The lesson learned from the study by Hansen and colleagues is the fact that when patients wait more than eight months to seek professional treatment for plantar heel pain, they jeopardize the prognosis for successful conservative treatment.16 The patients who eventually did become asymptomatic with conservative treatment had their symptoms for 256 days before seeking treatment while those who remained symptomatic for 10 years had their symptoms for 365 days before obtaining professional care.
Despite these published studies showing relatively dismal results from conservative treatment of plantar heel pain, we continue to see propagation of the myth of conservative therapy resolving plantar heel pain in 90 percent of patients. One should note that the studies I have cited thus far did NOT include custom foot orthoses as part of the conservative treatment protocol. However, even including all treatments which a podiatric physician might implement, there is doubt that these achieve 90 percent success in less than a 12-week time frame. I stood on the podium at many podiatric conferences and asked how many clinicians in the audience could cure 90 percent of all patients with plantar heel pain with conservative treatment interventions. Few people raise their hands.
If these conservative treatments for plantar heel pain are successful 90 percent of the time, why are clinicians continuing to seek new options to treat chronic plantar heel pain? Why is there such great interest in platelet rich plasma (PRP) injections, extracorporeal shock wave therapy (ESWT) and laser therapy?
Goff JD, Crawford R. Diagnosis and treatment of plantar fasciitis. Am Fam Physician. 2011;84(6):676–682.
Chacko K. Heel pain: diagnosis and treatment. Primary Care Case Rev. 2003;6:50–56.
Lareau CR, Sawyer GA, Wang JH, DiGovanni CW. Plantar and medial heel pain: diagnosis and management. J Am Acad Orthop Surg. 2014;22(6):372-380.
Davis PF, Severud E, Baxter DE. Painful heel syndrome: Results of nonoperative treatment. Foot Ankle Int. 1994;15(10):531-535.
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Thomas JL, Christensen JC, Kravitz SR, et al. American College of Foot and Ankle Surgeons Heel Pain Committee. The diagnosis and treatment of heel pain: a clinical practice guideline-revision 2010. J Foot Ankle Surg. 2010;49(3)(Suppl):S1-19.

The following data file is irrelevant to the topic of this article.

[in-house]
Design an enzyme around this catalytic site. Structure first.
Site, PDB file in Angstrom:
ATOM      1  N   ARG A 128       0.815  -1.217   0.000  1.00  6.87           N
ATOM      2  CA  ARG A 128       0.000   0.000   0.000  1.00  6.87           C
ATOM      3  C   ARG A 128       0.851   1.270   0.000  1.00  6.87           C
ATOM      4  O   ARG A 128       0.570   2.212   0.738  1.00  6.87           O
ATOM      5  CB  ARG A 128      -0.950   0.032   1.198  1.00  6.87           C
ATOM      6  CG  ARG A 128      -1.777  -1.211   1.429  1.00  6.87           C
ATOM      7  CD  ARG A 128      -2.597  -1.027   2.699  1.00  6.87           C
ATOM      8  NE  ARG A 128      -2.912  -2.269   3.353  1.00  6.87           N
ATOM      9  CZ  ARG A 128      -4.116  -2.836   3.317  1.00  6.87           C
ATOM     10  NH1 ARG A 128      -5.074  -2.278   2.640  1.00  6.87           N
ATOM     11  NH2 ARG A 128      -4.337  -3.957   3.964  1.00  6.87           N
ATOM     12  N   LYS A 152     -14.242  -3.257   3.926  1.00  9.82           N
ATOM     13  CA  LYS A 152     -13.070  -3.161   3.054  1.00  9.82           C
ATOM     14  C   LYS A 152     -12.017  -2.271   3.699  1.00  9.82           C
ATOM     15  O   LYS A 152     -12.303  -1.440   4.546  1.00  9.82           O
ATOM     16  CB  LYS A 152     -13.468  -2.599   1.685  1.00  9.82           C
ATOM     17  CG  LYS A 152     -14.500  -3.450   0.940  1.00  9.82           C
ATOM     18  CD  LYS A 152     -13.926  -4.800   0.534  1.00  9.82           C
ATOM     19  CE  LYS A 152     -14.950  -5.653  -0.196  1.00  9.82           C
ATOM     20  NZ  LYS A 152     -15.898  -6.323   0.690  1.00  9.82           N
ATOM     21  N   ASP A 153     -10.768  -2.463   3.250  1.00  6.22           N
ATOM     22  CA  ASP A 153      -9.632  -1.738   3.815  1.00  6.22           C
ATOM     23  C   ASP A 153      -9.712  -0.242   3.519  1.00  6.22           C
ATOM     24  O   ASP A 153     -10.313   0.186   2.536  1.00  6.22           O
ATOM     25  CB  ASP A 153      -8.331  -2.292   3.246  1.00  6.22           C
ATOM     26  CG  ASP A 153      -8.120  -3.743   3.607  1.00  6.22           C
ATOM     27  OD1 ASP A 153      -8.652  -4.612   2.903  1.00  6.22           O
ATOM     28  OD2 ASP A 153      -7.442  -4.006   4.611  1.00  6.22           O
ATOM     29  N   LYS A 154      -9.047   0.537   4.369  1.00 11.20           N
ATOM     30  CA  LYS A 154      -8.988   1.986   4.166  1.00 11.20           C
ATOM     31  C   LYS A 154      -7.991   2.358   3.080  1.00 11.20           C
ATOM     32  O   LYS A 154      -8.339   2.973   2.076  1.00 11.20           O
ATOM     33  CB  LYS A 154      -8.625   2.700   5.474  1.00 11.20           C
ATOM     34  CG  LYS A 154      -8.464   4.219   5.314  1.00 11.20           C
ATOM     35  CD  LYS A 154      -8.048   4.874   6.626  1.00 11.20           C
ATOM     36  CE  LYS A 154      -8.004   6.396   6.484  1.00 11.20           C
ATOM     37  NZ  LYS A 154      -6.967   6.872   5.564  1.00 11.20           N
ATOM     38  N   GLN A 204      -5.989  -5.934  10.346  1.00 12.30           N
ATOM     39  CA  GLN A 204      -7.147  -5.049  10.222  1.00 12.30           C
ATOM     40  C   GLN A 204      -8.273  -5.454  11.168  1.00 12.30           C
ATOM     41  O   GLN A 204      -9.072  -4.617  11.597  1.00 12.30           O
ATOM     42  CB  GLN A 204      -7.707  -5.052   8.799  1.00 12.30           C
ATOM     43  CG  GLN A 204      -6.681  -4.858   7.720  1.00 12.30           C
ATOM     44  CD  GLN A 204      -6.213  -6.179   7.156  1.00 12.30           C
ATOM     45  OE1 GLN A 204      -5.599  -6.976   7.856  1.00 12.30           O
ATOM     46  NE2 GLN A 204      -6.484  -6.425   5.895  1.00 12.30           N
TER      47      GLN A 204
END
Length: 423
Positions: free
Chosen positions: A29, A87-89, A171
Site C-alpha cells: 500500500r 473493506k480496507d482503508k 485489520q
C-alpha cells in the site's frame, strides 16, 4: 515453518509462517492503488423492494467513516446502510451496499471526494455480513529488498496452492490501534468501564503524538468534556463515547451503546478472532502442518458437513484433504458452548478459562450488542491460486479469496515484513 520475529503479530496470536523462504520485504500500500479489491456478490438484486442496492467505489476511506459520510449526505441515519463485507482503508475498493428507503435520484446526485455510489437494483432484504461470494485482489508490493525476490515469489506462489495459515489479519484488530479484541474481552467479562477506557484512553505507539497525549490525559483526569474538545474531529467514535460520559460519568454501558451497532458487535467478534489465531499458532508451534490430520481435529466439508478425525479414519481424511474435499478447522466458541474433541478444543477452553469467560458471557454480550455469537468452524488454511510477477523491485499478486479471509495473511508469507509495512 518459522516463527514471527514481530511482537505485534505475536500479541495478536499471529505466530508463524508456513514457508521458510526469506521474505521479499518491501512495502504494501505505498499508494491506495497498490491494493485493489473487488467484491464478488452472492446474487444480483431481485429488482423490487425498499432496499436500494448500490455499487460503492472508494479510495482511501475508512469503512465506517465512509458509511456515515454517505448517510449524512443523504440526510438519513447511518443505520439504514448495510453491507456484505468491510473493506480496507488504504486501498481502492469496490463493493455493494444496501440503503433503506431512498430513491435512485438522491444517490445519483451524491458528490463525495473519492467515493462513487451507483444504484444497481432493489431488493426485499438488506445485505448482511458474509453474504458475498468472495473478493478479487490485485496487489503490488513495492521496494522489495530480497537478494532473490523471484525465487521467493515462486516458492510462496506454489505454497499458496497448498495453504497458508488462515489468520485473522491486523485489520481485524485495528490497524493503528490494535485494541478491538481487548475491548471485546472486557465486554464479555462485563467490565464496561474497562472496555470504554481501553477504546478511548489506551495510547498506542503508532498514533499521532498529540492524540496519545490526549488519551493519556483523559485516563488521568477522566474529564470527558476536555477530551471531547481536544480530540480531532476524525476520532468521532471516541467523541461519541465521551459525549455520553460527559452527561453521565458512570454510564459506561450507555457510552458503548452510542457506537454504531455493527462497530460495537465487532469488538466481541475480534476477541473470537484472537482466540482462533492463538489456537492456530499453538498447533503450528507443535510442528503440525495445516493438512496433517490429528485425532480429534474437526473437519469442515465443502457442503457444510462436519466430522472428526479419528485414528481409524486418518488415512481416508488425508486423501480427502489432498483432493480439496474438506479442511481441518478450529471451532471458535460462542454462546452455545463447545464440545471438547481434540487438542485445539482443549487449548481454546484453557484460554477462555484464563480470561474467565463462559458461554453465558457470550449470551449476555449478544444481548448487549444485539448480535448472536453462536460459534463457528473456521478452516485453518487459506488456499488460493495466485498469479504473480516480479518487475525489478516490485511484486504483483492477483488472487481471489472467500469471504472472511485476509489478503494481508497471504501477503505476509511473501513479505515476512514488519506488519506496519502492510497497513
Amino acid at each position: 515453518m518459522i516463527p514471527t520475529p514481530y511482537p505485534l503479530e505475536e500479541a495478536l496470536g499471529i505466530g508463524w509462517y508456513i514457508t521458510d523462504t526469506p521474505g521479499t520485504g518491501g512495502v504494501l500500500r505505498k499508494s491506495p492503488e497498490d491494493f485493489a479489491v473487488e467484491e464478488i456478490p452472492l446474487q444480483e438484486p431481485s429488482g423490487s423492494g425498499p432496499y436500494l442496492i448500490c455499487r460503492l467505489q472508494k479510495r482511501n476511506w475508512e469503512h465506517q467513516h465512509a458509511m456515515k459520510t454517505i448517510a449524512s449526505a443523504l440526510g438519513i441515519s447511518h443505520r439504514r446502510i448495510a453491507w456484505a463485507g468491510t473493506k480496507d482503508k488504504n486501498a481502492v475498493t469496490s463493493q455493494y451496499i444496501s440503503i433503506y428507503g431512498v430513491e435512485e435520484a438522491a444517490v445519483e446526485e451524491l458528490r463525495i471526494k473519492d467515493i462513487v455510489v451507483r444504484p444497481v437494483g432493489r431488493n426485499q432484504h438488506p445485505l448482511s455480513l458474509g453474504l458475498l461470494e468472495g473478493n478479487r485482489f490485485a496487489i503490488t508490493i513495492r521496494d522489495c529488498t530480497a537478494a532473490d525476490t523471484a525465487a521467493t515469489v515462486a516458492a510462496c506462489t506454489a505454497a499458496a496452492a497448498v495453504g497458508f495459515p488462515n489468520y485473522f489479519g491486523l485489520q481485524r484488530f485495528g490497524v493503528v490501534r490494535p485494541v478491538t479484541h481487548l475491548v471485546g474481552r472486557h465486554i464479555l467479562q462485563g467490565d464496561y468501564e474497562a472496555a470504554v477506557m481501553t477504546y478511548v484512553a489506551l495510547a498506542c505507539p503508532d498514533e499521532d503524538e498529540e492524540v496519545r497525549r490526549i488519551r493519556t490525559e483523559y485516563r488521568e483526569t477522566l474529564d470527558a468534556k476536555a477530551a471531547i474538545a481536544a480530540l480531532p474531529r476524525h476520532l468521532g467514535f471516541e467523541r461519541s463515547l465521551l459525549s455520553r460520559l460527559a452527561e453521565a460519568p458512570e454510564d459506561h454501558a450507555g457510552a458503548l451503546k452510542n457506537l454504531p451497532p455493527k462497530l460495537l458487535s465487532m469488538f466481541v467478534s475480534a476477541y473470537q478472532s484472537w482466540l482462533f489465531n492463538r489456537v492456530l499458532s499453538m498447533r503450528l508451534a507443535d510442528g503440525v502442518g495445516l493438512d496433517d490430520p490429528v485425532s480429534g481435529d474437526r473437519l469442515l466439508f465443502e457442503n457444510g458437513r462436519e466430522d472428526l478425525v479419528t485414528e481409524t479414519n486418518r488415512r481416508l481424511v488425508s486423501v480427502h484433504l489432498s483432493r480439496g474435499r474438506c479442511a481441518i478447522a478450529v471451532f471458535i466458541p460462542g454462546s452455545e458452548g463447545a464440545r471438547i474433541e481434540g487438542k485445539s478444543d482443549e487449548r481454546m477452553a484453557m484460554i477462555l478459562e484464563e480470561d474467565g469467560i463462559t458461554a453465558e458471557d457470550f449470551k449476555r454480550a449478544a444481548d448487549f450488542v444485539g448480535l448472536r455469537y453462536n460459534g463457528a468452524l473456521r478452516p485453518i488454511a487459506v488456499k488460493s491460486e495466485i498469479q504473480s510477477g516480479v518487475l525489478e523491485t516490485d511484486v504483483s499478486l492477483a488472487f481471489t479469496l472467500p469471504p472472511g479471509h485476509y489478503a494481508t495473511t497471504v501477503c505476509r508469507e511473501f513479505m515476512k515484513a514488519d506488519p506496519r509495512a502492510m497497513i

Rano JA, Fallat LM, Savoy-Moore RT. Correlation of heel pain with body mass index and other characteristics of heel pain. J Foot Ankle Surg. 2001;40(6):351–356.
Ozdemir H, Soyuncu Y, Ozgorgen M, Dabak K. Effects of changes in heel fat pad thickness and elasticity on heel pain. J Am Podiatr Med Assoc. 2004;94(1):47–52.
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Kinley S, Frascone S, Calderone D, Wertheimer SJ, Squire MA, Wiseman FA. Endoscopic plantar fasciotomy versus traditional heel spur surgery: a prospective study. J Foot Ankle Surg. 1993;32(6):595–603.
Lynch DM, Goforth WP, Martin JE, Odom RD, Preece CK, Kotter MW. Conservative treatment of plantar fasciitis. A prospective study. J Am Podiatr Med Assoc. 1998;88(8):375–380.
Meltzer EF. A rational approach to the management of heel pain. A protocol proposal. J Am Podiatr Med Assoc. 1989;79(2):89–92.
Babatunde OO, Legha A, Littlewood C, et al. Comparative effectiveness of treatment options for plantar heel pain: a systematic review with network meta-analysis. Br J Sports Med. 2019;53(3):82–94.
Hansen L, Krogh TP, Ellingsen T, Bolvig L, Fredberg U. Long-term prognosis of plantar fasciitis: a 5- to 15-year follow-up study of 174 patients with ultrasound examination. Ortho J Sports Med. 2018;6(3):2325967118757983.
Davis PF, Severud E, Baxter DE. Painful heel syndrome: results of nonoperative treatment. Foot Ankle Int. 1994;15(10):531-535.
Digiovanni BF, Nawoczenski DA, Malay DP, et al. Plantar fascia specific stretching exercise improves outcomes in patients with chronic plantar fasciitis: a prospective clinical trial with two-year follow-up. J Bone Joint Surg Am. 2006;88(8):1775-1781.
Furey JG. Plantar fasciitis: the painful heel syndrome. J Bone Joint Surg Am. 1975;57(5):672-673.
Martin RL, Irrgang JJ, Conti SF. Outcome study of subjects with insertional plantar fasciitis. Foot Ankle Int. 1998;19(12):803-811.
Wolgin M, Cook C, Graham C, Mauldin D. Conservative treatment of plantar heel pain: long-term follow-up. Foot Ankle Int. 1994;15(3):97-102.
Dr. Richie is a Clinical Associate Professor at the California School of Podiatric Medicine. He has authored many original articles published in peer-reviewed medical journals as well as several chapters in respected textbooks of foot and ankle surgery. Dr. Richie recently published his own textbook titled Pathomechanics of Common Foot Disorders which is available at https://link.springer.com/book/10.1007/978-3-030-54201-6. Dr. Richie is a Fellow and Past President of the American Academy of Podiatric Sports Medicine and is a Fellow of the American College of Foot and Ankle Surgeons. Dr. Richie designed and launched the Richie Brace(R) line of custom ankle-foot orthoses in 1996 which are now distributed in seven countries around the world.